In May, 2018, a year before Jason Kenney became Premier of Alberta, he gave a rousing speech at his United Conservative Party’s first annual meeting. He called the gathering the biggest political convention in Alberta history, and the crowd was boisterous. There were shouts of “Go get ’em, Jason!”
The speech contained much of what Mr. Kenney has put into action since winning office. Among his promises was a red-meat plan for a muscular “fight back strategy” for Alberta. Mr. Kenney would create “a rapid response war room” to “rebut every lie told by the green left,” going after political opponents and “foreign-funded special interests.”
The war room opened two months ago. Even as the government cut back spending elsewhere, it found $120-million over four years to fund what it dubbed the Canadian Energy Centre. Mr. Kenney’s first budget last fall outlined an “assertive strategy” for the war room, whose “success will bolster the energy sector, get Albertans back to work and increase [provincial] revenues.”
The centre has been an embarrassing flop from the start. It has lurched from pillar to post. On its debut, its logo was discovered to have been plagiarized. The first public opponent the war room took on was the Medicine Hat News – yes, that long-time enemy of all things Albertan. And a splashy video on YouTube began with the lamest of arguments: “Canadian oil and gas makes our world better. It just does.” Well, then, case closed! The war room later took the video down.
Most of the centre’s money is coming from cash raised by Alberta’s industrial carbon tax. That money is supposed to go to environmental innovations, not poorly conceived propaganda.
Worst of all, the war room was designed to pass itself off as somehow separate from its political masters. On Twitter and YouTube, there is no indication it is a government operation. A note on funding is buried on the website. The war room’s spinners have interviewed people while claiming to be reporters.
It is, in short, a political PR operation dressed up in journalist-face. It’s an agency of government, masquerading as an independent news organization. That is wrong.
It also isn’t working. At all.
In the boxing ring of Alberta versus oil’s opponents, the war room has been pummelling itself. It has drawn little attention online beyond mockery. The latest self-inflicted wound came last week.
Attempting to rebut a piece in The New York Times about the oil sands and skepticism among financiers, the war room decided to attack the journalistic credibility of the Times itself. It tweeted that the newspaper has a “particular beef with Alberta” and “they aren’t the most dependable source.” The tweets went on to say the Times’ “track record is very dodgy” and it has been “called out for anti-Semitism countless times."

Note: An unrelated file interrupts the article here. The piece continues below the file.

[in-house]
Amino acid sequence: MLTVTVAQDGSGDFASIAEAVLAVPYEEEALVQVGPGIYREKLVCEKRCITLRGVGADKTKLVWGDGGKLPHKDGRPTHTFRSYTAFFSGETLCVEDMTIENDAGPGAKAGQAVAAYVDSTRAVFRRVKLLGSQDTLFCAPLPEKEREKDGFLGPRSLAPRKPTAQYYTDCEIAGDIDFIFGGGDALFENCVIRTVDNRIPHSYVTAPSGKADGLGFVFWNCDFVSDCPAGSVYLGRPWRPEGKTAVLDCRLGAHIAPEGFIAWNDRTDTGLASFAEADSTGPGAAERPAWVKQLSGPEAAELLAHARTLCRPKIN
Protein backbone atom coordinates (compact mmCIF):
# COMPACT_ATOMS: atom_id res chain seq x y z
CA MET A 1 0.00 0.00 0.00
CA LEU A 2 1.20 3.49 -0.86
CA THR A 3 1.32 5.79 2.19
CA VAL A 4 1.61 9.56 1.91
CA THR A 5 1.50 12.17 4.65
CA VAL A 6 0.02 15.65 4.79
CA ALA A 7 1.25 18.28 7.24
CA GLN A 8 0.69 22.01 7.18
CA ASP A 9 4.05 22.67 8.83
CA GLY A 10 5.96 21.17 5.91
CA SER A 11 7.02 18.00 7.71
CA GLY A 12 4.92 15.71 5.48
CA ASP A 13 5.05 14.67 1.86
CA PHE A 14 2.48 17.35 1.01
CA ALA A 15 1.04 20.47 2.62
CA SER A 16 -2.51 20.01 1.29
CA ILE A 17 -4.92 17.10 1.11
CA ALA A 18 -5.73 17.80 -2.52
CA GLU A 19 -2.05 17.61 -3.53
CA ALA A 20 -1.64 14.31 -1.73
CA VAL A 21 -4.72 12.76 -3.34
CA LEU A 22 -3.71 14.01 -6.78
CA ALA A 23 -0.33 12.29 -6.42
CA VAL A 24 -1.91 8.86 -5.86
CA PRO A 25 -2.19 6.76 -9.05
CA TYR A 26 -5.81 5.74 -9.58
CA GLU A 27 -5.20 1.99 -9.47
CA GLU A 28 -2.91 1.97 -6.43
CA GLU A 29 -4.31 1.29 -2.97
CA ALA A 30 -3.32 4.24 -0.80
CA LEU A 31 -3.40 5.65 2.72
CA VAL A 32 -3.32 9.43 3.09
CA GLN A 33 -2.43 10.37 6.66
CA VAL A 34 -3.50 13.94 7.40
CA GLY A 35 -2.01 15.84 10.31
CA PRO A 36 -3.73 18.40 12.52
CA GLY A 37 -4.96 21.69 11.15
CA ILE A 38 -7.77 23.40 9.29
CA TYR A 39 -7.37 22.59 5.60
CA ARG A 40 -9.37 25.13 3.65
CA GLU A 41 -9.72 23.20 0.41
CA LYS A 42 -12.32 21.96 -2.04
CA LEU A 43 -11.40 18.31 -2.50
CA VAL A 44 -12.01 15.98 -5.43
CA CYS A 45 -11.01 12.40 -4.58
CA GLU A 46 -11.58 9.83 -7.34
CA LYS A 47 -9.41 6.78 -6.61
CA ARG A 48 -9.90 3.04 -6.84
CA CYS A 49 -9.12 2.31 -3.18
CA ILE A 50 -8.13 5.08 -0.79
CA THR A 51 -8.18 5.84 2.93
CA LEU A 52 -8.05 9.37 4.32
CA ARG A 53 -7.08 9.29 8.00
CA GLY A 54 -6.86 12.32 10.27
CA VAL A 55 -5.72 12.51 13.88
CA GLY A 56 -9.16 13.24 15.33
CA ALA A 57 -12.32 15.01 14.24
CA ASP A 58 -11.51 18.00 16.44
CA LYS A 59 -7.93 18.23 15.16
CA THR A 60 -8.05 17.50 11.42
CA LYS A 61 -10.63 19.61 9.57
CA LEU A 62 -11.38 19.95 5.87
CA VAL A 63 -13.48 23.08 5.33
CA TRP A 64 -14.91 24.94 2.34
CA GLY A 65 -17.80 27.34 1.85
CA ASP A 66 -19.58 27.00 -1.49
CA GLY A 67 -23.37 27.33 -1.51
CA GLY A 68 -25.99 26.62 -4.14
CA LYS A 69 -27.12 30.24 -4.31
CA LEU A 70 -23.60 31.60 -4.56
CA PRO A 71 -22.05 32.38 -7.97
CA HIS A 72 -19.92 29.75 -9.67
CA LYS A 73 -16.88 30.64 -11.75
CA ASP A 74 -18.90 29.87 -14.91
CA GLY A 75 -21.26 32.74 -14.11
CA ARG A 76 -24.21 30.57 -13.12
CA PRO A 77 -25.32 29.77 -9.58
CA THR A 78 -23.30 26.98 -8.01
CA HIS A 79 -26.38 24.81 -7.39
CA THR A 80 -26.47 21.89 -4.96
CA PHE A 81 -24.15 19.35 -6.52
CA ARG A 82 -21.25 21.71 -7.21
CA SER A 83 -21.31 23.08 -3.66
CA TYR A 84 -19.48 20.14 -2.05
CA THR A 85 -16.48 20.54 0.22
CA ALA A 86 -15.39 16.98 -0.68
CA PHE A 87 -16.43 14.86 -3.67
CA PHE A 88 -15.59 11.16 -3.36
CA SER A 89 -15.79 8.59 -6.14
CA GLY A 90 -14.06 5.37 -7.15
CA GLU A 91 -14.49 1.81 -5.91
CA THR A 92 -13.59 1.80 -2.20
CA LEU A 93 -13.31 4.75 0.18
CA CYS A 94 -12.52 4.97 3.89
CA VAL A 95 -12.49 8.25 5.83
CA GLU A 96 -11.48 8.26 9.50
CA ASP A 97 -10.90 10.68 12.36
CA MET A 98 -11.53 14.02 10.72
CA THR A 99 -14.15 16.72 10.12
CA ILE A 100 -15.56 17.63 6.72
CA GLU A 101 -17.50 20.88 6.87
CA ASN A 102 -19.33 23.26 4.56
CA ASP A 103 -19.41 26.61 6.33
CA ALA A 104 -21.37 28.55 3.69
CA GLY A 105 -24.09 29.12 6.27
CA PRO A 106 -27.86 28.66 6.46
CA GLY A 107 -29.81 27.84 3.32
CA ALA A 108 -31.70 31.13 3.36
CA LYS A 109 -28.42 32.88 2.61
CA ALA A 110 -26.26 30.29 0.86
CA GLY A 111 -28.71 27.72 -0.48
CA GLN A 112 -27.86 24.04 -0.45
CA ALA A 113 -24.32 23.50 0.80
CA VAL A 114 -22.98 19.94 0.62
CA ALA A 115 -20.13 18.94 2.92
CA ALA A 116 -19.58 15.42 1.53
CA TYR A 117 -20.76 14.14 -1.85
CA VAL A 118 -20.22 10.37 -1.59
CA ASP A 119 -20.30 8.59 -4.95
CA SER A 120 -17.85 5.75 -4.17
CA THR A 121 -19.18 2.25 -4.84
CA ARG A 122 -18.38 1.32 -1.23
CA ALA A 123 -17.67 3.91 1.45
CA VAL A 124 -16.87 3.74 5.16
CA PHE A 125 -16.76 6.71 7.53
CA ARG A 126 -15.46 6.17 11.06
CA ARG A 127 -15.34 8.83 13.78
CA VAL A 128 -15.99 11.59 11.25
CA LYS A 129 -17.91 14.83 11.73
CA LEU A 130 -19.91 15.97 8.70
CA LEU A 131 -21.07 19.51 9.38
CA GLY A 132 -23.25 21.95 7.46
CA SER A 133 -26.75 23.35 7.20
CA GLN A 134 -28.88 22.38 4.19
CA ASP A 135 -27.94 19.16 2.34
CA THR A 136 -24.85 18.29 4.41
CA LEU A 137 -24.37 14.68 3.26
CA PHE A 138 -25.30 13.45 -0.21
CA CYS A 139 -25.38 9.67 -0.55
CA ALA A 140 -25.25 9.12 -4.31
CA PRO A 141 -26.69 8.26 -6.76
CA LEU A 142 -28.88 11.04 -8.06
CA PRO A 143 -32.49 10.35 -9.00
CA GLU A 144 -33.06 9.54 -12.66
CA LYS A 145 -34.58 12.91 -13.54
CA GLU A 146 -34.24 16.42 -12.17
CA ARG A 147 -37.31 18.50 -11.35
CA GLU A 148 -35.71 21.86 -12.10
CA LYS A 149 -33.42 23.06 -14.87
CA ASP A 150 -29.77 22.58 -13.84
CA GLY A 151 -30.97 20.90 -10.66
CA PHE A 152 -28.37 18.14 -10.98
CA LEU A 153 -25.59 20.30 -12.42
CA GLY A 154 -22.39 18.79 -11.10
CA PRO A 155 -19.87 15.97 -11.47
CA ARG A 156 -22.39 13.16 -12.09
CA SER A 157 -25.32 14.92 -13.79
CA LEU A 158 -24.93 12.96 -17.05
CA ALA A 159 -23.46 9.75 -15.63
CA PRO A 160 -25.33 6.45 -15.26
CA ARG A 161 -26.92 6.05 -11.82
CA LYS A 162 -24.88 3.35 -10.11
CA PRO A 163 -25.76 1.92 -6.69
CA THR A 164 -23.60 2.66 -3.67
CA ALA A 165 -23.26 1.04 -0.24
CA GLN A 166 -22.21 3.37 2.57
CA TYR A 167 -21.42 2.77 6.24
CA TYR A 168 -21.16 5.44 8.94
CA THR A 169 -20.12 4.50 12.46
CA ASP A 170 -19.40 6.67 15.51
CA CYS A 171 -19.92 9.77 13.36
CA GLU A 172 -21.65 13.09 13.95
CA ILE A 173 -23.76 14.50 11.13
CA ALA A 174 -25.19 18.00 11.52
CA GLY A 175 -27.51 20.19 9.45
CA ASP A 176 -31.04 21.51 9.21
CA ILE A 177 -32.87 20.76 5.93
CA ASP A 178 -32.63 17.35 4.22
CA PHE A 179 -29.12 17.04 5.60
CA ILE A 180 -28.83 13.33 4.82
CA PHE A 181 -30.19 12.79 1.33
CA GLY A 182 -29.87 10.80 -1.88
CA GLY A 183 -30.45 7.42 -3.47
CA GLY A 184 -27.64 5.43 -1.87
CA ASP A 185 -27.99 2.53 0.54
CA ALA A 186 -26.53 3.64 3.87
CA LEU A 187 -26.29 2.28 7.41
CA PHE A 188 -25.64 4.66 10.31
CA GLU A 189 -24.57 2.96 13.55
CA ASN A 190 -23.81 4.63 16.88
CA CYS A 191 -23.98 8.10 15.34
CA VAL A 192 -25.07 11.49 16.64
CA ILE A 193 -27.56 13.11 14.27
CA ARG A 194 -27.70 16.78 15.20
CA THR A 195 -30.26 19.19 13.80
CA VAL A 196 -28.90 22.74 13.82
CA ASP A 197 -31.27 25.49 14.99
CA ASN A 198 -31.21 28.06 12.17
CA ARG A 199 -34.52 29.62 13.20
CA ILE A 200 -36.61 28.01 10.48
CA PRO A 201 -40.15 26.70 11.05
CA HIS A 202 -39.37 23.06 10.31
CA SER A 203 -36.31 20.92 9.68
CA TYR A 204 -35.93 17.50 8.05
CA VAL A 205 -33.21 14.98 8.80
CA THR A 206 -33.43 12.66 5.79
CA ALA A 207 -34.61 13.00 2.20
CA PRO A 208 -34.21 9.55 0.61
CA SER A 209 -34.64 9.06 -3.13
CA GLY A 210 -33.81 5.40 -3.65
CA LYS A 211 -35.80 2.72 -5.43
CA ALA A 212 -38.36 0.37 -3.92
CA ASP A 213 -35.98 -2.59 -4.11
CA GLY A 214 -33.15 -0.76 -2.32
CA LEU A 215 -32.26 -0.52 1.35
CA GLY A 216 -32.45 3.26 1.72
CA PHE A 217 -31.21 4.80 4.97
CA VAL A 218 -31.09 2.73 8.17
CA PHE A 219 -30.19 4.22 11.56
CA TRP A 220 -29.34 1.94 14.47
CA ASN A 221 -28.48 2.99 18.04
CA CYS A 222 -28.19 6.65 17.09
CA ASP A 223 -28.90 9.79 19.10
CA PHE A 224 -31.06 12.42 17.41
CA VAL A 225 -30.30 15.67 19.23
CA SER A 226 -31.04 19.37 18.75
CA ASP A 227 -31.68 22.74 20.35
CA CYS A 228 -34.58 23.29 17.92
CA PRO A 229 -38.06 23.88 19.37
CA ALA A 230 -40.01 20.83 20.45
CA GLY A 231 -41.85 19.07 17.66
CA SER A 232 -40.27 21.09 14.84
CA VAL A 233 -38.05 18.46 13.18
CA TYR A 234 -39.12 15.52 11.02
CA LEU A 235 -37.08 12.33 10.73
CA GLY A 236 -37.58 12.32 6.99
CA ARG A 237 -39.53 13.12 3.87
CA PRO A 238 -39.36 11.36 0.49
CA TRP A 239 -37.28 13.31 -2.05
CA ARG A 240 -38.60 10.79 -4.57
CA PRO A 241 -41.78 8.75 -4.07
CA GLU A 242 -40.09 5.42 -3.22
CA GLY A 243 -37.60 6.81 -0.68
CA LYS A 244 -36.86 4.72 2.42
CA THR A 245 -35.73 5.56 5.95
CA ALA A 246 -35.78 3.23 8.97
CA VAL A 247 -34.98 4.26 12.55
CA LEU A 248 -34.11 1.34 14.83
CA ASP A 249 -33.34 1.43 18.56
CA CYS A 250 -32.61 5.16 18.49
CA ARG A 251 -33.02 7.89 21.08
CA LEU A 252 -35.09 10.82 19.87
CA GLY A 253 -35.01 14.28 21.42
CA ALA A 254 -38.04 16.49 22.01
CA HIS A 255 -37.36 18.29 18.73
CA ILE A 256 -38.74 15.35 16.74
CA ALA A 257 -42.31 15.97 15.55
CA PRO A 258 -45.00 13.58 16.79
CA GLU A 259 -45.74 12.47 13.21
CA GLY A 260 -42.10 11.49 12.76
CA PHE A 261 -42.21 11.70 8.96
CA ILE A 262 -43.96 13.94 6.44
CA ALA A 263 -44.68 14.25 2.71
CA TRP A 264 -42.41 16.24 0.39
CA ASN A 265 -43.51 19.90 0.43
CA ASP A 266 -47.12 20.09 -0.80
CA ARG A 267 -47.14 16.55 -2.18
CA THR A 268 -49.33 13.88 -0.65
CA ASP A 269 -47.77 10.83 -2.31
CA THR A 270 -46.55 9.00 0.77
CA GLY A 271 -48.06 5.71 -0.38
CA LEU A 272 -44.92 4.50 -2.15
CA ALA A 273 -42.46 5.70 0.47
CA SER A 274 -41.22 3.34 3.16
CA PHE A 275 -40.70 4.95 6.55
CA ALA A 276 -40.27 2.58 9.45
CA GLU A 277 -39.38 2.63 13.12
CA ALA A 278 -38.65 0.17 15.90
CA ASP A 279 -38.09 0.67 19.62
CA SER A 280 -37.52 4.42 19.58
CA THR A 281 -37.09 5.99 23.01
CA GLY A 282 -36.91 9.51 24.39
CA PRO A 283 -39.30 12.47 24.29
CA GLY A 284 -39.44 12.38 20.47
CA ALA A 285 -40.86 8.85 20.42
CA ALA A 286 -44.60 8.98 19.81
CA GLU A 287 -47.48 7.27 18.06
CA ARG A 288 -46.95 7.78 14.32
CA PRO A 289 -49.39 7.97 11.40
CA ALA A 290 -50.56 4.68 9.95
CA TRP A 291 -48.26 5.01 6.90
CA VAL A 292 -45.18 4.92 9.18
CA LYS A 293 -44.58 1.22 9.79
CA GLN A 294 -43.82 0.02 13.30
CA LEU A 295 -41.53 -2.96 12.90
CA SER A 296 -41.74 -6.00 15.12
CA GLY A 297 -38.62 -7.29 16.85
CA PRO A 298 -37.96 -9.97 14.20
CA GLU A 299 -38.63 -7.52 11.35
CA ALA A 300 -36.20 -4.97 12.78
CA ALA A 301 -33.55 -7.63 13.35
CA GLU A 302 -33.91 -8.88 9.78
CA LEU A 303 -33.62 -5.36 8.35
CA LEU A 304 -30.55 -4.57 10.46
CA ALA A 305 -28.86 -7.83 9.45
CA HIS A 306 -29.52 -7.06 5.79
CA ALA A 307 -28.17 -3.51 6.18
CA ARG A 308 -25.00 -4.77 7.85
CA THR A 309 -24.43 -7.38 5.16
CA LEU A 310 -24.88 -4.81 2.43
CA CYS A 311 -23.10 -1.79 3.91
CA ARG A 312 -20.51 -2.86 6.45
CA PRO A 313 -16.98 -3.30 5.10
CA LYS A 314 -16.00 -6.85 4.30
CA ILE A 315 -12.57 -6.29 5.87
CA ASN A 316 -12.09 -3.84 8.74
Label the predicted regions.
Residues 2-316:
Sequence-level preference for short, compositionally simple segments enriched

The tweets were deleted and the centre’s CEO apologized.
The centre is not salvageable. It should be closed.
Beyond a lust to battle perceived enemies, it remains unclear why Mr. Kenney felt this was the right strategy. Was the goal to delegitimize the mainstream media? Or, having created a story about Alberta being under attack from nefarious outside forces, did Mr. Kenney feel he had to convince voters he was battling those forces?
There’s nothing wrong with a government communicating with citizens. That’s its job. The Alberta government, like its peers across the country, has a huge crew of people doing marketing, media relations and communications. They pump out press releases, studies, tweets, Facebook posts and videos. Ministers regularly hold press conferences. As Premier, Mr. Kenney is one of the most quoted public figures in Canada.
But when governments get their message out, they have to do so as transparently as possible. That means speaking for themselves. Mr. Kenney hardly needs others to do his talking for him; he is rather adept at getting his point of view across. The Alberta Good News Network? Not so much.
There’s an old adage in the PR business: Don’t make yourself the story. The government of Alberta has every reason and every right to want to get its message out there. Just do it honestly, and above board.
Mr. Kenney should shutter the false front that is the Canadian Energy Centre. Spend the money on something that will better serve Alberta, and Albertans.